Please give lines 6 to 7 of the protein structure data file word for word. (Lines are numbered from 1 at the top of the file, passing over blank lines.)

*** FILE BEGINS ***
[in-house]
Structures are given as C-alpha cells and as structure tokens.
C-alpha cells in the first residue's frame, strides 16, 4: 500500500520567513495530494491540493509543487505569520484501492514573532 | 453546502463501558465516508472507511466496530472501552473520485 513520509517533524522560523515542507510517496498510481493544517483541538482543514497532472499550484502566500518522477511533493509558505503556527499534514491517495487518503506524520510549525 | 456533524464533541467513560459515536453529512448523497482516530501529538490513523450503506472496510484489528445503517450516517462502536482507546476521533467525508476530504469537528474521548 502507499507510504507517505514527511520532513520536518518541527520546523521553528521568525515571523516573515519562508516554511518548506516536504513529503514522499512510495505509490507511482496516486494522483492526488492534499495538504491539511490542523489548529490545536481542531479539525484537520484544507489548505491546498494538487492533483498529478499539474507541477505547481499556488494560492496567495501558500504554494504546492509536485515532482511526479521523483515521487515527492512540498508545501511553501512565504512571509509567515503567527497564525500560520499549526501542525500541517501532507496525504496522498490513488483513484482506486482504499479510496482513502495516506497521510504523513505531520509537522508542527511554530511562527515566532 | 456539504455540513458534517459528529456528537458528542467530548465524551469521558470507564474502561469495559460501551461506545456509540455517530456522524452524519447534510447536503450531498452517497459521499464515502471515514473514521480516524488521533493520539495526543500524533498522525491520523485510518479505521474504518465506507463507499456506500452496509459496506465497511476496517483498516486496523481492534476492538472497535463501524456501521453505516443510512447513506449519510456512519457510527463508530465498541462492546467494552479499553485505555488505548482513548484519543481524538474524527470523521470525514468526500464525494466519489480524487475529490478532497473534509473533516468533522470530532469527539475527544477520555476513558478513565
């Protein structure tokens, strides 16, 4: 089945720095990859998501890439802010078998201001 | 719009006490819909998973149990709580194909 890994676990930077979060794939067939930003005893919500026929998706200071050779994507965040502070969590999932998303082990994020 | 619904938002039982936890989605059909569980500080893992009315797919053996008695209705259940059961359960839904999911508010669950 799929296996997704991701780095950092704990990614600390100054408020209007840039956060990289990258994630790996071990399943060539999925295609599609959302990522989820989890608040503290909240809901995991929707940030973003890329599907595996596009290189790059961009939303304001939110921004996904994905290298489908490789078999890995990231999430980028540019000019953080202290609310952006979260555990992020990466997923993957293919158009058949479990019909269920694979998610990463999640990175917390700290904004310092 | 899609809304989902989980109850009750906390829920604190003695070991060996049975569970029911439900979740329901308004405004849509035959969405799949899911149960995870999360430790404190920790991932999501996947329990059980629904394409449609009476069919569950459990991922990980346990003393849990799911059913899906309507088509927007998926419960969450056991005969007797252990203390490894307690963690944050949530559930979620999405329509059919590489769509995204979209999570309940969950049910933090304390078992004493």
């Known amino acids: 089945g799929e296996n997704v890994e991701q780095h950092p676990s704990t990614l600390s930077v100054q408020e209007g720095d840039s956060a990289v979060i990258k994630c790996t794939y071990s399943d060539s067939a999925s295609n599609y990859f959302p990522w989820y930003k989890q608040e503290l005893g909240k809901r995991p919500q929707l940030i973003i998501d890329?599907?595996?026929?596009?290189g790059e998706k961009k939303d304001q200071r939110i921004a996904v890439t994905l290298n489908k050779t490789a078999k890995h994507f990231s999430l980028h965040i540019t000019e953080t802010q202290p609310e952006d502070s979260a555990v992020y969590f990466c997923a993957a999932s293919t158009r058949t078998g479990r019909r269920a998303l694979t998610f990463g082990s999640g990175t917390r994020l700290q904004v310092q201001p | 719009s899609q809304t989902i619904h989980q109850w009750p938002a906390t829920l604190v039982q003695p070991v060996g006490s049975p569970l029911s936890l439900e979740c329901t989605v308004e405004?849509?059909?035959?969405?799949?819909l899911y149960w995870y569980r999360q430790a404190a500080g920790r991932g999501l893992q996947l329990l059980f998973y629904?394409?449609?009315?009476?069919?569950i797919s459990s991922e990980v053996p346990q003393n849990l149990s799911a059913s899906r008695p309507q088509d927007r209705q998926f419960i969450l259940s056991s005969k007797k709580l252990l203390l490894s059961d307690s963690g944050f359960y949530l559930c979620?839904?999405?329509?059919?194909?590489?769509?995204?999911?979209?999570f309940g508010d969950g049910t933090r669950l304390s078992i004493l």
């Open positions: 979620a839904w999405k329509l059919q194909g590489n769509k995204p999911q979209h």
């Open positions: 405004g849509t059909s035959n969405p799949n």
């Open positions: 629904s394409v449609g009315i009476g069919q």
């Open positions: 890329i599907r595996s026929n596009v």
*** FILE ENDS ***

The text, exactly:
């Open positions: 979620a839904w999405k329509l059919q194909g590489n769509k995204p999911q979209h």
């Open positions: 405004g849509t059909s035959n969405p799949n």